Philadelphia's attempt to assess a nonprofit - the Dad Vail Regatta - shows how tough it is to assess a tax-exempt organization. The regatta, which has been held every May since 1955 on the Schuylkill River, is the largest collegiate rowing event in the country and is worth an estimated $2 million to Philly's economy. When the city tried to increase the fees the regatta pays for city services - police overtime, fire department emergency technicians, marine-police units and fees to the riverside park - regatta officials found a New Jersey township willing to pay it $250,000 to change the venue. Philadelphia was able to negotiate to keep the regatta - but with compromises on fees the group would have to pay.

PILOTs are an alternative. Many educational institutions make PILOT payment to city governments. PILOTs are Payments Made in Lieu of Taxes, and they are voluntary. A survey by the Chronicle of Higher Education found that nearly two-thirds of the 30 research universities with large endowments had no arrangements to make routine payments to their local governments. The full survey is on the Chronicle's Web site, but is only available to members. Some highlights, courtesy of Steve Hoffman, director of business and finance at the University of West Virginia: Harvard and Yale pay their local hosts in excess of $5 million and $7 million a year, respectively; Massachusetts Institute of Technology, Princeton University and the University of California at Berkeley top the $1 million mark.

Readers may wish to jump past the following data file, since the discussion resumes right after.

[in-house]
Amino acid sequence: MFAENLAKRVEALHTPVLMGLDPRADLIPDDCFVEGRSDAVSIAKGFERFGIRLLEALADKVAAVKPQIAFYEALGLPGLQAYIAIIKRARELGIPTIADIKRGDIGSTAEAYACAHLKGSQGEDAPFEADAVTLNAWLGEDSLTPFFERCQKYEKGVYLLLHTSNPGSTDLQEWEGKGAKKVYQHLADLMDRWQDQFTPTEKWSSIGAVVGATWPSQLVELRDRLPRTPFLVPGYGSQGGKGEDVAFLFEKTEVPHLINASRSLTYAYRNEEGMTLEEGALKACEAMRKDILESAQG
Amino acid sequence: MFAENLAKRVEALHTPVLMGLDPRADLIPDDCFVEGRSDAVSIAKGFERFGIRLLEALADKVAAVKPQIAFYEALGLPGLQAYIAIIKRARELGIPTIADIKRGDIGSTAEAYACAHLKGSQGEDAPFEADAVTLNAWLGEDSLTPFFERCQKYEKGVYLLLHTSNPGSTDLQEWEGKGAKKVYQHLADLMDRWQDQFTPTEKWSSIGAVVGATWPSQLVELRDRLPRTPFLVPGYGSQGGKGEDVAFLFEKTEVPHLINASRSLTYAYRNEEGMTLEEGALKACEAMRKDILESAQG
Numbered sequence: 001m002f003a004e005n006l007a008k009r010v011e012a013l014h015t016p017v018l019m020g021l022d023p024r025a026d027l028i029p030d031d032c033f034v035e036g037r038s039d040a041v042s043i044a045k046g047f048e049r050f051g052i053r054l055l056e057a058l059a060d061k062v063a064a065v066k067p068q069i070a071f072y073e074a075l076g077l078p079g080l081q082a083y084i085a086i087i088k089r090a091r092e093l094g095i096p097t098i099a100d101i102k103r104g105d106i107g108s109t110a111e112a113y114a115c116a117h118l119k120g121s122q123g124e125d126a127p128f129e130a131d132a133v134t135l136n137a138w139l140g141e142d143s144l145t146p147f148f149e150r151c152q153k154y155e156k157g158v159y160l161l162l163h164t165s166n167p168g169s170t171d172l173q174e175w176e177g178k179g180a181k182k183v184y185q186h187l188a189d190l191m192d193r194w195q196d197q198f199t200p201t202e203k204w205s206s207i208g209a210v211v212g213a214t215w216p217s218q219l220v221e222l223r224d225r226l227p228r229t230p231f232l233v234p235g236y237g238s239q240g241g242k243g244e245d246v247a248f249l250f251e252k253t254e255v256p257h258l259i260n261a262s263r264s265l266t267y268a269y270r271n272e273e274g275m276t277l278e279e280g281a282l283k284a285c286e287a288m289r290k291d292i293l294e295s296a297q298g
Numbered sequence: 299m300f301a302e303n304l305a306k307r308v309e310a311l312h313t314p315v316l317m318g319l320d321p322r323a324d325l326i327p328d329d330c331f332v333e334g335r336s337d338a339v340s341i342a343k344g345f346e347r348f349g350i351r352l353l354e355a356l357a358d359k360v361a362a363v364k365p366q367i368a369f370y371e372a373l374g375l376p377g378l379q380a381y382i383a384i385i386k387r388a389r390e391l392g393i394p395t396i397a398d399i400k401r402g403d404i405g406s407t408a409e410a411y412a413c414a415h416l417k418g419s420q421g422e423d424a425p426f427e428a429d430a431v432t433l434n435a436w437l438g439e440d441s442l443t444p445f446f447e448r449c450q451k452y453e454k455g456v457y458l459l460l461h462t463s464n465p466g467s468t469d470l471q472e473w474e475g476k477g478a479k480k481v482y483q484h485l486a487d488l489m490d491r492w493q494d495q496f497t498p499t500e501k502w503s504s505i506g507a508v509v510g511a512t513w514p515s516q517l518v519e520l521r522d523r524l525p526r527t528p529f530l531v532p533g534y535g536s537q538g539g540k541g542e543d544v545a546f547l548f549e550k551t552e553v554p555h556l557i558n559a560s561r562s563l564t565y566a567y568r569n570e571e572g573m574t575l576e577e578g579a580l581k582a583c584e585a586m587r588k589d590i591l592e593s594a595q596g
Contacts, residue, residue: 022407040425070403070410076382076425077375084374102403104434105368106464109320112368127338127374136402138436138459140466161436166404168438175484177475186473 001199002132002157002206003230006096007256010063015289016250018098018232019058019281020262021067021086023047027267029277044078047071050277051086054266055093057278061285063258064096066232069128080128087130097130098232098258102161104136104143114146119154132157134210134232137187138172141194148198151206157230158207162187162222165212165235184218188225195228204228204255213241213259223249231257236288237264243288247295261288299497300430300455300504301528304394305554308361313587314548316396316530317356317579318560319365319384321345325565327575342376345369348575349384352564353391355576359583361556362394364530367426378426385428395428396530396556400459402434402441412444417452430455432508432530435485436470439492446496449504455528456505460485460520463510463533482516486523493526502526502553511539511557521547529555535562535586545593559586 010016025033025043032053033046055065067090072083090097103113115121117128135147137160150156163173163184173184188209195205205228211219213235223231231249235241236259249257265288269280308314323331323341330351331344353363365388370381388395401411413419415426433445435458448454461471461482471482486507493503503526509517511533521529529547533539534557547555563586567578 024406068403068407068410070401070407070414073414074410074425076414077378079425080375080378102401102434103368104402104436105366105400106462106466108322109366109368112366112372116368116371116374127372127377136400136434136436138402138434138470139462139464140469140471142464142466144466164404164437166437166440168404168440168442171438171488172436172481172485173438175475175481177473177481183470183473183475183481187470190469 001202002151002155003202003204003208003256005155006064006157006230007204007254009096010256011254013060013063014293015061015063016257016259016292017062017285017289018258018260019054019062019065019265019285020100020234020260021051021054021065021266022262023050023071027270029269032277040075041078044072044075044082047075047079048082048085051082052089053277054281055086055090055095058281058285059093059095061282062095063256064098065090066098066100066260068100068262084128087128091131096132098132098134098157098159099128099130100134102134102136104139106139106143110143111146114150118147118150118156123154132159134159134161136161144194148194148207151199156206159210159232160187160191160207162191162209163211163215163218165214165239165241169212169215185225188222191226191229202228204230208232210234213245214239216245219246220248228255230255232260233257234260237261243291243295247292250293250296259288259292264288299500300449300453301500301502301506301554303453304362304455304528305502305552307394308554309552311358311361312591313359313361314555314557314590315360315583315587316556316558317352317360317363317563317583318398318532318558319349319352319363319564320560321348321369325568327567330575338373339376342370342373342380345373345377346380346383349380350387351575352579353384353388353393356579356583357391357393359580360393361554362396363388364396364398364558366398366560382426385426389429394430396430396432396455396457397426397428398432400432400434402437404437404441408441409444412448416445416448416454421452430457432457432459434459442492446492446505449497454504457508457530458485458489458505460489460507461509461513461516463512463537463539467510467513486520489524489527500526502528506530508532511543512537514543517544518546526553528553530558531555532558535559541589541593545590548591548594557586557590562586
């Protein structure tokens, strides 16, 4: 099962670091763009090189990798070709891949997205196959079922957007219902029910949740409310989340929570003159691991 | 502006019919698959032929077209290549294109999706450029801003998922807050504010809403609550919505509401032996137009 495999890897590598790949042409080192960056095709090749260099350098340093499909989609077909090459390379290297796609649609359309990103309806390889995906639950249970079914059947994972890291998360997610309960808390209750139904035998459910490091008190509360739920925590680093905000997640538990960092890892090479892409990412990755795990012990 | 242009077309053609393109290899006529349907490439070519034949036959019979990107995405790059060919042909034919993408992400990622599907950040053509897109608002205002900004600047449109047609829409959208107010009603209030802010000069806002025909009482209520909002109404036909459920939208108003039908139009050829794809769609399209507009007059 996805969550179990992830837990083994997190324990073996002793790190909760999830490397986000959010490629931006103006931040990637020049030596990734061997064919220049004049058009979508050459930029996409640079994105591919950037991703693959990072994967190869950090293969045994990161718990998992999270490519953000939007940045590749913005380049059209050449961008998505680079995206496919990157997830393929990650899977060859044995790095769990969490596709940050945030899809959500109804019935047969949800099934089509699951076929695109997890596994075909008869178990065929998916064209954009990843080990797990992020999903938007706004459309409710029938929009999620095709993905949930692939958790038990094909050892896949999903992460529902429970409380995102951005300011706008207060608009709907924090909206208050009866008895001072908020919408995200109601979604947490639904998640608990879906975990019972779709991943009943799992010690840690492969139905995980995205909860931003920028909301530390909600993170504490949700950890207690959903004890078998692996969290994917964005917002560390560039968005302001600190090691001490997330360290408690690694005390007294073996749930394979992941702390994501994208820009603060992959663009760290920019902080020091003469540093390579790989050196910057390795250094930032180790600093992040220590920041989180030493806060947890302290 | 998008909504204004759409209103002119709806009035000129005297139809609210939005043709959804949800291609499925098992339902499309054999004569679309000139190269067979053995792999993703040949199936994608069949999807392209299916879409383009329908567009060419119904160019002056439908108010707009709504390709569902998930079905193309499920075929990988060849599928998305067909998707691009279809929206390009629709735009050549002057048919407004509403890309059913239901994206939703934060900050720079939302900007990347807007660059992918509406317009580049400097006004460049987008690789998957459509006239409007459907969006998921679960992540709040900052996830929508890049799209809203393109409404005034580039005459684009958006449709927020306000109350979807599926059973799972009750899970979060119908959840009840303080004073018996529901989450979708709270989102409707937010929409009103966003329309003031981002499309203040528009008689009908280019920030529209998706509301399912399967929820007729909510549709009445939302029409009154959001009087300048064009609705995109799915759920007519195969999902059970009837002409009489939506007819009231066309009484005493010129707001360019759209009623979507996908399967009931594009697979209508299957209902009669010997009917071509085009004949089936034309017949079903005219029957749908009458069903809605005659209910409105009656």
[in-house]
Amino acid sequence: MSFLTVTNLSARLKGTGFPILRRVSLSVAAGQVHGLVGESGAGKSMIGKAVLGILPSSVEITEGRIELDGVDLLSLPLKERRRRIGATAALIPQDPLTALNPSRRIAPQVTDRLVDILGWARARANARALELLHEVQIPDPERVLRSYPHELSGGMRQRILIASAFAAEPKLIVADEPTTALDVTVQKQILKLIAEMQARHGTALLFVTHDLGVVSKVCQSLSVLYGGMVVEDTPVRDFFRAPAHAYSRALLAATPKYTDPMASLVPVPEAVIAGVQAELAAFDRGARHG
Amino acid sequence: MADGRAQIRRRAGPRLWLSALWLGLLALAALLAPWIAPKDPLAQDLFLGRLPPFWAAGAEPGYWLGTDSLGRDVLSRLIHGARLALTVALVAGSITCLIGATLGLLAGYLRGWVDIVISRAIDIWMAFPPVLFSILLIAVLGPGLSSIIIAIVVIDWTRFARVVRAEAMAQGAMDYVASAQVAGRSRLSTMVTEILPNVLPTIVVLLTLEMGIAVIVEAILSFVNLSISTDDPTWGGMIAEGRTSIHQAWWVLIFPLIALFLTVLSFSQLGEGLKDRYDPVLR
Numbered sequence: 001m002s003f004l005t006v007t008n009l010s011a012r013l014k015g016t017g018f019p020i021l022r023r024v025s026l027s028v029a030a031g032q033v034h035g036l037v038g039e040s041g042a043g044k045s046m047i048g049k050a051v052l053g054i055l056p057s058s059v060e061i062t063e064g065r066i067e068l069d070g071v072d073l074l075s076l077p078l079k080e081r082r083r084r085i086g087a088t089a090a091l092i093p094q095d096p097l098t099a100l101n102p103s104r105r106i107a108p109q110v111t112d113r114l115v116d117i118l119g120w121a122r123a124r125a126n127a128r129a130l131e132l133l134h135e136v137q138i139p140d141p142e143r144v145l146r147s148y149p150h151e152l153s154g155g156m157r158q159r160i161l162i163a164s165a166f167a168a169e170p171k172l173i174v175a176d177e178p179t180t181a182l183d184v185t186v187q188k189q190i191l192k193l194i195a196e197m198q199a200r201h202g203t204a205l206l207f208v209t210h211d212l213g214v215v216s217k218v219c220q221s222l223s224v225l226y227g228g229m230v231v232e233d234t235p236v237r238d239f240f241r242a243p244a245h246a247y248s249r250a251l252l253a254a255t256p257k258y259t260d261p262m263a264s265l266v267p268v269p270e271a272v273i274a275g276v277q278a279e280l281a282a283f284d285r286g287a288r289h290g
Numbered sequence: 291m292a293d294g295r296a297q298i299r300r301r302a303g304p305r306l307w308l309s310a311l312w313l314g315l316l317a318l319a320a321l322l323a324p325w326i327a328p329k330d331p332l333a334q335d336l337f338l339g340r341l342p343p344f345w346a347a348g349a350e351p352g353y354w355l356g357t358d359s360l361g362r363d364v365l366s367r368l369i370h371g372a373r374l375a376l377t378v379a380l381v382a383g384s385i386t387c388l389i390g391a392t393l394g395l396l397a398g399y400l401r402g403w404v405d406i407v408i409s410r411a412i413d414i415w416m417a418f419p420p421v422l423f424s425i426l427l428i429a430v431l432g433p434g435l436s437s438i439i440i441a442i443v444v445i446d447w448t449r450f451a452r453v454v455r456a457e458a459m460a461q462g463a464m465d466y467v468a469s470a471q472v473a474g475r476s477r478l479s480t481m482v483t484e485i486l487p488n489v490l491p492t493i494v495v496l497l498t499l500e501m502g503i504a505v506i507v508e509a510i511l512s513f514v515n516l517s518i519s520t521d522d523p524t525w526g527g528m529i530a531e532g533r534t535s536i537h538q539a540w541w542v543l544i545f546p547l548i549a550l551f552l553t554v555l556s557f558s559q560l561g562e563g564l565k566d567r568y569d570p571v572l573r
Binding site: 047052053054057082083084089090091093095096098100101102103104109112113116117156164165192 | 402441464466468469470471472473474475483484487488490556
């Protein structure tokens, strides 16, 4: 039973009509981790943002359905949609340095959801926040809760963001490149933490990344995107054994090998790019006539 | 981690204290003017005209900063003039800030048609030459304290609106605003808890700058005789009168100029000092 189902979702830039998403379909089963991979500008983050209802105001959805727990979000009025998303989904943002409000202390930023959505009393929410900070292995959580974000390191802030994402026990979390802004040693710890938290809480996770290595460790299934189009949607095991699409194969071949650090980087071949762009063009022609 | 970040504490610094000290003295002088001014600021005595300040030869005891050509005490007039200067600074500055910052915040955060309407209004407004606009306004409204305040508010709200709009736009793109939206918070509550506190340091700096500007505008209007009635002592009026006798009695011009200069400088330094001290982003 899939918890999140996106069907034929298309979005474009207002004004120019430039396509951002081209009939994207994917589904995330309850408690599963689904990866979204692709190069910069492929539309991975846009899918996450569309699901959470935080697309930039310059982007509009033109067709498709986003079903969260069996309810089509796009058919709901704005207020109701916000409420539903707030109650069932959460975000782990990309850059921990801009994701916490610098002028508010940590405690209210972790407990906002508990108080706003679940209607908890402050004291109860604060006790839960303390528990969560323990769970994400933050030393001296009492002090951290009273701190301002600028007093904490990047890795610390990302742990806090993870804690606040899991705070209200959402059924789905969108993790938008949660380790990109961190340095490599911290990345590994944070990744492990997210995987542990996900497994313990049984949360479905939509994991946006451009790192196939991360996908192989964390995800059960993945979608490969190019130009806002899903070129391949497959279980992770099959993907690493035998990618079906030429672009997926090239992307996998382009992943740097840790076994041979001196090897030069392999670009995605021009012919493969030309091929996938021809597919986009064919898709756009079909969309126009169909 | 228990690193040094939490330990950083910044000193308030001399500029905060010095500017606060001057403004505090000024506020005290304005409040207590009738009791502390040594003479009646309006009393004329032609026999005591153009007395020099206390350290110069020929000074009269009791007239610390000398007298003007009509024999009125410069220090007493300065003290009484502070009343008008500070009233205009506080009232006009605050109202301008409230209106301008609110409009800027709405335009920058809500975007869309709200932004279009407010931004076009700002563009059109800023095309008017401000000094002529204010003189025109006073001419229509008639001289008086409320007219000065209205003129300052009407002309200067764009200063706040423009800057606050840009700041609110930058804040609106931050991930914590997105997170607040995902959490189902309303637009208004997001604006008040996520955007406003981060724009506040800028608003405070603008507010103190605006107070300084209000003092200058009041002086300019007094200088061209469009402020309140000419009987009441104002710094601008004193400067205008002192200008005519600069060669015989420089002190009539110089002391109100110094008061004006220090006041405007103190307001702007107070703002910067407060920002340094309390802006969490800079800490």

Pittsburgh shelved its attempt to tax tuition in favor of pledges from the University of Pittsburgh and Carnegie Mellon University, among others, to donate more to the city than they had previously. Pittsburgh may have made its temporary peace with its universities but two state legislators - State Senator Wayne D. Fontana and Representative Timothy J. Solobay - have introduced legislation that would allow for the imposition of an "essential services fee" on tax-exempt organizations that own property within a municipality. While municipalities could continue to rely on existing voluntary agreements, the Fontana bill would give them the option of imposing a fee based on total square footage of properties or establishing a limited real estate tax for properties owned by charitable institutions. Will it pass? Stay tuned.